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March 25, 2016

Buying into the Terrorism Industry: How and Why?

Prof. Dr. Mohamed Elmasry

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As the world once again reels in shock and revulsion following this week's coordinated attacks in Brussels that killed 31 innocent people and injured nearly 260 others, a chilling reality is emerging - terrorism has become an organized industry.

Like any 21st-century industry, terrorism requires some essential components: a demand for its “product,” smart leadership to identify and build that demand, supplies and financing to sustain it, a labor force to produce it, coordinated training to use it effectively, savvy marketing to promote it, political and mass media endorsement – and above all, religious justification for its heinous acts.

Repugnant as it may be to most of us, global terrorism in 2016 has checked all the boxes.

To stem the tide of carnage, or at least slow its frequency and impact, it is no longer effective to focus solely on individual areas of this huge multinational entity; the only way to achieve its demise is to target all of these elements. And that requires massive collective political will.

Terrorism is a horrendous crime that mercilessly engineers the mass killing of innocent people for political gain.

No country is immune – from almost-daily strikes in Egypt’s Sinai region, to attacks in European capitals, to onslaughts in both Canada and the United States, and numerous vulnerable areas worldwide where daily life is torn apart. There is no justified or excusable degree of terrorism: all terrorist attacks should be condemned by every state, as well as by the United Nations, no matter where they occur.

And it’s time to stop masking it under acceptable labels as the US is doing by calling Syrian terrorists “rebels.” Nor should they be given political cover, as happens in Egypt. And why are Western countries still knowingly dealing with states such as Turkey and Qatar who financially back terrorists outside their borders?

It should be made clear throughout the international community that terrorism is a crime against humanity, regardless of the causes it claims to support.

No government should ever stoop to negotiating with terrorists or provide them safe passage to other countries.

Only when the US and NATO members, including Canada, stop supporting so-called “good terrorists” will the world have any hope that the terrorism industry will bow to pressure caused by less demand for its “product.”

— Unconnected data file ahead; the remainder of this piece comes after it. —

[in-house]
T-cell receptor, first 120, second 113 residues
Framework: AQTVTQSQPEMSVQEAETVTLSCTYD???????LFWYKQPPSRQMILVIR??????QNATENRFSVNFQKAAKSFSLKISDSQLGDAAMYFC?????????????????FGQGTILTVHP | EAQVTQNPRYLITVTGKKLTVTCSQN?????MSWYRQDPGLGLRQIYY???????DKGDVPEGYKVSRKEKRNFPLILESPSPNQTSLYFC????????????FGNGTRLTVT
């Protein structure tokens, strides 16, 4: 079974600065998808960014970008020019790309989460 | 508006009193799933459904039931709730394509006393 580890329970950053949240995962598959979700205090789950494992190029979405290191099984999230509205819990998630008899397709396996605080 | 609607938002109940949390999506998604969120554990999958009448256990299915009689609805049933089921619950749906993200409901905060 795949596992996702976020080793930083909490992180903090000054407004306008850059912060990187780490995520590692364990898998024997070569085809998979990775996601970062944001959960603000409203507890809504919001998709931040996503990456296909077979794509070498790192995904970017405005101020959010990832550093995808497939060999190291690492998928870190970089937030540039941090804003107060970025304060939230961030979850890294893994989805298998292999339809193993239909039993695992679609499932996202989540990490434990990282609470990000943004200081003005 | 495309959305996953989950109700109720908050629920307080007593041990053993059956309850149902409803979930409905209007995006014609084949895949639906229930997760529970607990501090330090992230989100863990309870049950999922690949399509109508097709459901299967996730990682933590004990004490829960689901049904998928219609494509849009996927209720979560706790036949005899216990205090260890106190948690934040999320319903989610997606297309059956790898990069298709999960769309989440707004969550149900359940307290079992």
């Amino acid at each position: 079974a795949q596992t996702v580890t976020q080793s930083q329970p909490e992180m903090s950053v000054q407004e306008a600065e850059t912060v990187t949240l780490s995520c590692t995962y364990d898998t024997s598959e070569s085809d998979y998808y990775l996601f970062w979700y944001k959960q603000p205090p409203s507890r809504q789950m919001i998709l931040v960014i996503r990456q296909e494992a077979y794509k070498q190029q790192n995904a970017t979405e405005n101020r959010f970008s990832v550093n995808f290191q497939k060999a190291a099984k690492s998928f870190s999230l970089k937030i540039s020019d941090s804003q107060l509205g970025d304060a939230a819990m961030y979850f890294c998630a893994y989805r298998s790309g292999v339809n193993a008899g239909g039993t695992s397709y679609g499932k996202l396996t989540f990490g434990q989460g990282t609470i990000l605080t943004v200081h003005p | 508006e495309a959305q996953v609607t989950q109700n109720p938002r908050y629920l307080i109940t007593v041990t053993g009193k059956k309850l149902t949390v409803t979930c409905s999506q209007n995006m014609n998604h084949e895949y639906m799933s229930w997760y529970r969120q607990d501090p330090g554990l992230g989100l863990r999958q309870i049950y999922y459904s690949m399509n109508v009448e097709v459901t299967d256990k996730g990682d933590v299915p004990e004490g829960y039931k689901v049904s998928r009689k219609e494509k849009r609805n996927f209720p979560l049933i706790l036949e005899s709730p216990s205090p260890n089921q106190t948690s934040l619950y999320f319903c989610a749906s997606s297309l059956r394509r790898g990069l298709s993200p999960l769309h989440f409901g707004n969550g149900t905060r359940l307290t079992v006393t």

We also need to move past the traditional blame-game that is played out in both political and media circles whenever a deadly attack hits close to home: that young disaffected Muslim males, motivated by the teachings of Muhammad, the Madrasa, Wahhabism, etc., use terror to make political statements.

Similarly, Muslim apologists try to shift the blame squarely on Western policies, both past and present.

But both views are wholly unacceptable on historical grounds.

Those who fall into the trap of pointing to single agents behind a complex web of issues see no need to examine the interwoven elements of the terrorist industry.

Their simplistic approach ignores the importance of identifying who provides those young Muslims with training, financing, weaponry, coordination, technology, social media accounts, and the distorted religious teachings that brainwash them into believing they are killing to defend their faith. These are the issues that must be addressed.

It is not enough to place the entire burden of responsibility, accountability and solution onto the collective Muslim community, especially Western Muslims.  This is a wrong thesis which serves only to impede progress, not further it.

Until the present era, the Muslim community at all levels – ordinary believers, scholars, activists and leaders – always managed to diffuse and eliminate every wave of fanatical madness. This time, in a world made so much smaller by advanced communication technologies and social media crowd-hysteria, they need help.

The clear fact remains: those Muslims who, for whatever cause, choose terror tactics to advance their ideologies were and still are rejected by the Muslim majority.

But at the same time, that Muslim majority – especially Western Muslims like me – cannot afford to ignore how they are raising their own families. We have a collective responsibility to ensure that our children become fully participating adults in Western society, while fully practicing their faith.

We pray and act in the hope that our next generation will close the marketplace so that industrial terrorism no longer attracts customers for its deadly products.

Dr. Mohamed Elmasry is Emeritus Professor of Computer Engineering at the University of Waterloo.

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On July 7, 2024 in Toronto, Canada, Dimitri Lascaris delivered a speech on the right to resist oppression.

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